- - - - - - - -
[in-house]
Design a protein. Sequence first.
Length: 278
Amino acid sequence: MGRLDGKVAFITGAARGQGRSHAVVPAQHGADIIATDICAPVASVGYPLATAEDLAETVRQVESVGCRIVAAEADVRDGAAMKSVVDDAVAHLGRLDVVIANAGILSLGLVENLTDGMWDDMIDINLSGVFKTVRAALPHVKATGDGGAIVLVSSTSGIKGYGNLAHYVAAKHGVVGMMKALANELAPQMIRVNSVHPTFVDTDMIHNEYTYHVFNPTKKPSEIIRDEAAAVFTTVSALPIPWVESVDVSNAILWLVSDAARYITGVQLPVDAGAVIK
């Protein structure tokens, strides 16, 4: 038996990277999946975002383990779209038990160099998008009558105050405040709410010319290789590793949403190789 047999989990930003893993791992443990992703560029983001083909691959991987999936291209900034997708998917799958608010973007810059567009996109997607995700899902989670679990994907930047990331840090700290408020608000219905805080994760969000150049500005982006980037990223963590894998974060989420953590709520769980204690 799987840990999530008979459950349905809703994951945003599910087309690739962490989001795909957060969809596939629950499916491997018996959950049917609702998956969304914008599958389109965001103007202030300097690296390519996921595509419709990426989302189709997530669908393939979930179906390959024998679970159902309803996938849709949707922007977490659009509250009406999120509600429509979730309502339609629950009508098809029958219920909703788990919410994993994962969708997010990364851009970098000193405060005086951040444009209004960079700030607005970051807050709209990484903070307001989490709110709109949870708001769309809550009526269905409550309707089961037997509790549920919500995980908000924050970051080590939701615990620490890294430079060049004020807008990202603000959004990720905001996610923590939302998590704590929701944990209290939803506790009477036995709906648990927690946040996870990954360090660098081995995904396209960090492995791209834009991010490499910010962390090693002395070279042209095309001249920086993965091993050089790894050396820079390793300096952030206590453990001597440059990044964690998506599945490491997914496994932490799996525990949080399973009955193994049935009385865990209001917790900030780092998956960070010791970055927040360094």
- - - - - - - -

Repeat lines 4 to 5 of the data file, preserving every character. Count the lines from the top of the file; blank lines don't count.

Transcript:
Amino acid sequence: MGRLDGKVAFITGAARGQGRSHAVVPAQHGADIIATDICAPVASVGYPLATAEDLAETVRQVESVGCRIVAAEADVRDGAAMKSVVDDAVAHLGRLDVVIANAGILSLGLVENLTDGMWDDMIDINLSGVFKTVRAALPHVKATGDGGAIVLVSSTSGIKGYGNLAHYVAAKHGVVGMMKALANELAPQMIRVNSVHPTFVDTDMIHNEYTYHVFNPTKKPSEIIRDEAAAVFTTVSALPIPWVESVDVSNAILWLVSDAARYITGVQLPVDAGAVIK
């Protein structure tokens, strides 16, 4: 038996990277999946975002383990779209038990160099998008009558105050405040709410010319290789590793949403190789 047999989990930003893993791992443990992703560029983001083909691959991987999936291209900034997708998917799958608010973007810059567009996109997607995700899902989670679990994907930047990331840090700290408020608000219905805080994760969000150049500005982006980037990223963590894998974060989420953590709520769980204690 799987840990999530008979459950349905809703994951945003599910087309690739962490989001795909957060969809596939629950499916491997018996959950049917609702998956969304914008599958389109965001103007202030300097690296390519996921595509419709990426989302189709997530669908393939979930179906390959024998679970159902309803996938849709949707922007977490659009509250009406999120509600429509979730309502339609629950009508098809029958219920909703788990919410994993994962969708997010990364851009970098000193405060005086951040444009209004960079700030607005970051807050709209990484903070307001989490709110709109949870708001769309809550009526269905409550309707089961037997509790549920919500995980908000924050970051080590939701615990620490890294430079060049004020807008990202603000959004990720905001996610923590939302998590704590929701944990209290939803506790009477036995709906648990927690946040996870990954360090660098081995995904396209960090492995791209834009991010490499910010962390090693002395070279042209095309001249920086993965091993050089790894050396820079390793300096952030206590453990001597440059990044964690998506599945490491997914496994932490799996525990949080399973009955193994049935009385865990209001917790900030780092998956960070010791970055927040360094």